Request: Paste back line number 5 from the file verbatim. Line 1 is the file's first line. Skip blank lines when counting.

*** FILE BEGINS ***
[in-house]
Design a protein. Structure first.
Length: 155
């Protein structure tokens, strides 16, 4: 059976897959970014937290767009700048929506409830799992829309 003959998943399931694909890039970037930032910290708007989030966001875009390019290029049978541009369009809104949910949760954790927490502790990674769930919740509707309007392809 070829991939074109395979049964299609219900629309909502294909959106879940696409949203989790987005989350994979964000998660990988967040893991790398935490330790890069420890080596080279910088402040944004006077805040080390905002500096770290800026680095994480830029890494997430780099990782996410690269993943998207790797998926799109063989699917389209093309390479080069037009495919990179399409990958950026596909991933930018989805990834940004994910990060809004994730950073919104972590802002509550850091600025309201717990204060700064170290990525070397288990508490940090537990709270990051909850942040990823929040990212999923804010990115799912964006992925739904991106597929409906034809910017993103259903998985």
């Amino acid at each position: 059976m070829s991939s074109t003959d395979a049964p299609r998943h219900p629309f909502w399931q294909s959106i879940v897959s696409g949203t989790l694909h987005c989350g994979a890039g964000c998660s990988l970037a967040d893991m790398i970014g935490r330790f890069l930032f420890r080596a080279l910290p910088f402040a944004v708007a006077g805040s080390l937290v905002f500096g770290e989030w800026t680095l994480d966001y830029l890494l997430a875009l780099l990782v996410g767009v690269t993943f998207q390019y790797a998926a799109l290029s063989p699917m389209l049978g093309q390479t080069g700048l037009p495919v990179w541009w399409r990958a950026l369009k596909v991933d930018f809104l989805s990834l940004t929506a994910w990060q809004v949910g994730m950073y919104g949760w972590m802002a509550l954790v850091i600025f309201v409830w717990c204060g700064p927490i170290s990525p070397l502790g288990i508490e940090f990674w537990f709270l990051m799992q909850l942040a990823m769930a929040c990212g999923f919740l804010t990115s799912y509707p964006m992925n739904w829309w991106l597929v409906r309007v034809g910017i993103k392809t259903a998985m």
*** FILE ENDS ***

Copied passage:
């Amino acid at each position: 059976m070829s991939s074109t003959d395979a049964p299609r998943h219900p629309f909502w399931q294909s959106i879940v897959s696409g949203t989790l694909h987005c989350g994979a890039g964000c998660s990988l970037a967040d893991m790398i970014g935490r330790f890069l930032f420890r080596a080279l910290p910088f402040a944004v708007a006077g805040s080390l937290v905002f500096g770290e989030w800026t680095l994480d966001y830029l890494l997430a875009l780099l990782v996410g767009v690269t993943f998207q390019y790797a998926a799109l290029s063989p699917m389209l049978g093309q390479t080069g700048l037009p495919v990179w541009w399409r990958a950026l369009k596909v991933d930018f809104l989805s990834l940004t929506a994910w990060q809004v949910g994730m950073y919104g949760w972590m802002a509550l954790v850091i600025f309201v409830w717990c204060g700064p927490i170290s990525p070397l502790g288990i508490e940090f990674w537990f709270l990051m799992q909850l942040a990823m769930a929040c990212g999923f919740l804010t990115s799912y509707p964006m992925n739904w829309w991106l597929v409906r309007v034809g910017i993103k392809t259903a998985m």